In one implementation, each of the low-emissivity protective layers 13a and 13b may include Ti, Nb, Mo or an alloy of at least two thereof.

Each of the low-emissivity protective layers 13a and 13b may be embodied as a single layer or a stack of a plurality of layers. The low-emissivity protective layer may be disposed on top and/or bottom faces of the low-emissivity layer. As shown in FIG. 1, the low-emissivity protective layers 13a and 13b may sandwich the low-emissivity layer 12 therebetween.

A thickness of each of the low-emissivity protective layers 13 and 13b may be, for example, in a range of from about 0.5 nm to about 5 nm. The present disclosure is not limited thereto. The thickness may vary suitably according to a purpose of the window.

The thickness of each of the low-emissivity protective layers 13a and 13b may vary depending on the metal material. For example, a thickness of a NiCr layer as each of the low-emissivity protective layers 13a and 13b may be about 0.5 nm to about 2 nm. A thickness of a ZnAlOx layer as each of the low-emissivity protective layers 13a and 13b may be about 1 nm to about 8 nm.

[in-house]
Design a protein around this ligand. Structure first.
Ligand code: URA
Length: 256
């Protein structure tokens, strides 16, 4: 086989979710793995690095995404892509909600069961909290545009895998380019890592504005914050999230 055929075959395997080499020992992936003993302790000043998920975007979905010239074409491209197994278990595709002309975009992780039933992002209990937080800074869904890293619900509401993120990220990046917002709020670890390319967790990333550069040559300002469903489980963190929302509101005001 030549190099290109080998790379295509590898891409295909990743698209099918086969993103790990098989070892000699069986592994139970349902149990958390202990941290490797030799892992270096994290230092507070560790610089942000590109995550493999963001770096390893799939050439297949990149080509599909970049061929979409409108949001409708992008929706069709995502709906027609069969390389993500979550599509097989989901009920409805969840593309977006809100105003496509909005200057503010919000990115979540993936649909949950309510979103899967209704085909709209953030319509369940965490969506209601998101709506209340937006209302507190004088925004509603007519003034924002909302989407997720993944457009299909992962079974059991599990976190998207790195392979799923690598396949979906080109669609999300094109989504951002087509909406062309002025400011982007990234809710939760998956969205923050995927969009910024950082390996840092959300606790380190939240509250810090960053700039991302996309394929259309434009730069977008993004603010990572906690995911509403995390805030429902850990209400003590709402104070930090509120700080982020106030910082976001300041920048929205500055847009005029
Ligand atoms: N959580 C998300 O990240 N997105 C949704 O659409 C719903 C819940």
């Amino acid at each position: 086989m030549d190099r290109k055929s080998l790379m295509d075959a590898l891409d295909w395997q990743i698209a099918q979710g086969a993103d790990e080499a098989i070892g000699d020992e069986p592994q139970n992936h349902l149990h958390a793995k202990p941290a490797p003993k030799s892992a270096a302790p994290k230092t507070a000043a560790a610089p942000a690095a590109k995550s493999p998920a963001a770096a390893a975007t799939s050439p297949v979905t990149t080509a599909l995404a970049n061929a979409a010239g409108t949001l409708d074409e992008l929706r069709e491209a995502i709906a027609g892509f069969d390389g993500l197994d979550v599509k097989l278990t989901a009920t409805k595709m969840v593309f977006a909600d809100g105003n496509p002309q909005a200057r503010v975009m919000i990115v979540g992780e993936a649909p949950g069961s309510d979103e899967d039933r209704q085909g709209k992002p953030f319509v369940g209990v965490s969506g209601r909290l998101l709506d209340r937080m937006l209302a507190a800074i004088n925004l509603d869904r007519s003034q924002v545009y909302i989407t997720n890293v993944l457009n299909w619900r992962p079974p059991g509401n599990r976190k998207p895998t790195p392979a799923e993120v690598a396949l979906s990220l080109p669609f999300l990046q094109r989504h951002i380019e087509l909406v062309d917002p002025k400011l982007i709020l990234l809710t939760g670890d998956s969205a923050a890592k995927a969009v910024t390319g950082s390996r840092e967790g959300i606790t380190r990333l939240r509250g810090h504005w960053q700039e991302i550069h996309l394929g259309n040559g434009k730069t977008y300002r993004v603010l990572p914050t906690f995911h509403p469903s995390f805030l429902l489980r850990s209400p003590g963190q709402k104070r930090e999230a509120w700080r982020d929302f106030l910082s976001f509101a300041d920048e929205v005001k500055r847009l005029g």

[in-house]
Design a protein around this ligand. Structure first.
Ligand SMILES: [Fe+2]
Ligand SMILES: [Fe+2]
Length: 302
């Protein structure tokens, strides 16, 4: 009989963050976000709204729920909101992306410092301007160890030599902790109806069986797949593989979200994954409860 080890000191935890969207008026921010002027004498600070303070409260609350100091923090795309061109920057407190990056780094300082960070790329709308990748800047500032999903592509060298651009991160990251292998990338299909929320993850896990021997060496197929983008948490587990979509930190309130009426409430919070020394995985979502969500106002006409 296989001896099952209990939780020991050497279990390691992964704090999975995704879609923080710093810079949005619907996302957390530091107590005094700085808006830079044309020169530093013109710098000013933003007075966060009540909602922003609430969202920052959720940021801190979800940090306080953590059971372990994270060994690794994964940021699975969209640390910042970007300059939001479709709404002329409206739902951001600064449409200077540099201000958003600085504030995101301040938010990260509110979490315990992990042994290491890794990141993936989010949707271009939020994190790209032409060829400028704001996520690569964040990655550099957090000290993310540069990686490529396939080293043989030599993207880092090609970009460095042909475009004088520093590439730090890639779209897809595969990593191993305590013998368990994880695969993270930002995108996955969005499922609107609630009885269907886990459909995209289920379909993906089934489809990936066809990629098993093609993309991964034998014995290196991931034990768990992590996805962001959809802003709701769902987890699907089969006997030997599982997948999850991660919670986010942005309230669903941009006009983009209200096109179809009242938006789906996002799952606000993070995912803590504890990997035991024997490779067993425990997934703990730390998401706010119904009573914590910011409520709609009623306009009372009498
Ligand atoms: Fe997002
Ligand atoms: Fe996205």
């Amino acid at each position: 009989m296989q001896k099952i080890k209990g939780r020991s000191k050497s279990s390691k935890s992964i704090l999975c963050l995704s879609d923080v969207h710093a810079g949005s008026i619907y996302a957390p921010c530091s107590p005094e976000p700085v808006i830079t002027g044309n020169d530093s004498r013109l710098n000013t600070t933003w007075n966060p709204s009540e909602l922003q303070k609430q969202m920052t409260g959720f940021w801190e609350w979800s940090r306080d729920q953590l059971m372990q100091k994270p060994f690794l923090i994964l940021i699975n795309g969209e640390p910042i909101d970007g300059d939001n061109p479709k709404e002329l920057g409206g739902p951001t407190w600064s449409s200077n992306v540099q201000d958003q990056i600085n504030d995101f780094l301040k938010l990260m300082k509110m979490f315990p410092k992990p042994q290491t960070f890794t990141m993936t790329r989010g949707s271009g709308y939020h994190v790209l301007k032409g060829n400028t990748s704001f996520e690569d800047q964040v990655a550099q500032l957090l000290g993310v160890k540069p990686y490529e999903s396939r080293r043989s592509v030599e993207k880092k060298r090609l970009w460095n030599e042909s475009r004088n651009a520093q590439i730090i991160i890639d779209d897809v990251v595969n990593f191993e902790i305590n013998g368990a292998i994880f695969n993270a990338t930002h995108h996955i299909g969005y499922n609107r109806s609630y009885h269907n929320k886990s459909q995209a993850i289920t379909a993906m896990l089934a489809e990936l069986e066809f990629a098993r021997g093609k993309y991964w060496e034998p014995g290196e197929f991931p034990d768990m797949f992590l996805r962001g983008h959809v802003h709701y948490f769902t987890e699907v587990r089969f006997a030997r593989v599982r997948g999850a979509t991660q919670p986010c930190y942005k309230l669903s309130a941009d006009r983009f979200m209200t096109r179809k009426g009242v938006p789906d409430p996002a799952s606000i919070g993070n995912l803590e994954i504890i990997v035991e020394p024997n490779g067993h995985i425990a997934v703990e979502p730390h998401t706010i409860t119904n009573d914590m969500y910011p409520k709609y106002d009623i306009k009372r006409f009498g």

When the low-emissivity coating 11 has the low-emissivity protective layers 13a and 13b in the above thickness range, the coating 11 may adjust a transmittance and a reflectance thereof to a predetermined transmittance and a predetermined reflectance respectively while performing a function executed by the low-emissivity protective layers 13a and 13b.

Each of refractive indexes of the first dielectric layer 14a, the third dielectric layer 14c, the fourth dielectric layer 14d, and the sixth dielectric layer 14f may be about 2.2 or lower, and specifically, about 1.8 to about 2.2.